What if those rocks were some weird form of radioactive matter, like a kryptonite for Earthlings? Or maybe those rocks were able to carry some disease that had wiped out a lunar population and atmosphere billions of years ago. When the first astronauts who walked on the moon surface returned to earth they were quarantined for several days. Just in case, Dr. Gast was setting up a white room in the geochemistry building for studying the rocks. It had an airlock with positive pressure (air blows out when you open the door instead of being sucked in, along with dust particles). The room also had a sticky doormat that took any residue off the special white slippers they wore, and everything in the room was white. I got in there a few times that summer and if I had put down a blank piece of white paper anywhere, I swore it would have become invisible.
The entrance to the Geophysics building as it appears today.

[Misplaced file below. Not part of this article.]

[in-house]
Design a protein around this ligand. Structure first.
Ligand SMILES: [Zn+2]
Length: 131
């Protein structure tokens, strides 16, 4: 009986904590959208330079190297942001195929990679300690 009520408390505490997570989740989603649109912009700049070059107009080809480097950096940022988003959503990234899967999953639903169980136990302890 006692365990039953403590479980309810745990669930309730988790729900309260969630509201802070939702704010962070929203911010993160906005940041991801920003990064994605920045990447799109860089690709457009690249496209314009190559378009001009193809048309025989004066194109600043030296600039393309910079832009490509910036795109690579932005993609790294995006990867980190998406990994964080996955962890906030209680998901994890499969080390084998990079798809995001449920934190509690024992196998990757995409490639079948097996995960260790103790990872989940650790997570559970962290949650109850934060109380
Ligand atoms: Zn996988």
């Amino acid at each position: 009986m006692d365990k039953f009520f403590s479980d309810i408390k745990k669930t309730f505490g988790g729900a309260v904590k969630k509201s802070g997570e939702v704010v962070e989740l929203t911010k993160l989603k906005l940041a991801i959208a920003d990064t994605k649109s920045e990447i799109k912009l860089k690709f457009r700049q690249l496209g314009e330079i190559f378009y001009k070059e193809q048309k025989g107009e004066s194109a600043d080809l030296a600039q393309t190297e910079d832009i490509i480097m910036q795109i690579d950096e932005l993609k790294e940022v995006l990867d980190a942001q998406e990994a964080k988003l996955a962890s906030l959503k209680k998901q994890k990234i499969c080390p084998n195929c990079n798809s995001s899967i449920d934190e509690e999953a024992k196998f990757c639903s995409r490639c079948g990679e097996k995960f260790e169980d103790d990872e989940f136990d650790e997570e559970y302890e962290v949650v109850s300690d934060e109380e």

Several times during that summer I was asked to collect the dusty filter from the white room’s air vent system and the dust was melted down onto a filament for the wayback machine. A light beam blast later, it would be analyzed to see how clean they could make the room. Special preparations were made for these once-in-a-lifetime rocks. For scientists, and especially geologists, this was their Super Bowl. With mortars and pestles, they were poised and could not wait to get their hands on these rocks so they could weigh, crush, examine them under a microscope or blast them with light beams from the wayback machine. Dr. Gast even had a say in developing the bags and tools the astronauts would carry to collect these nuggets.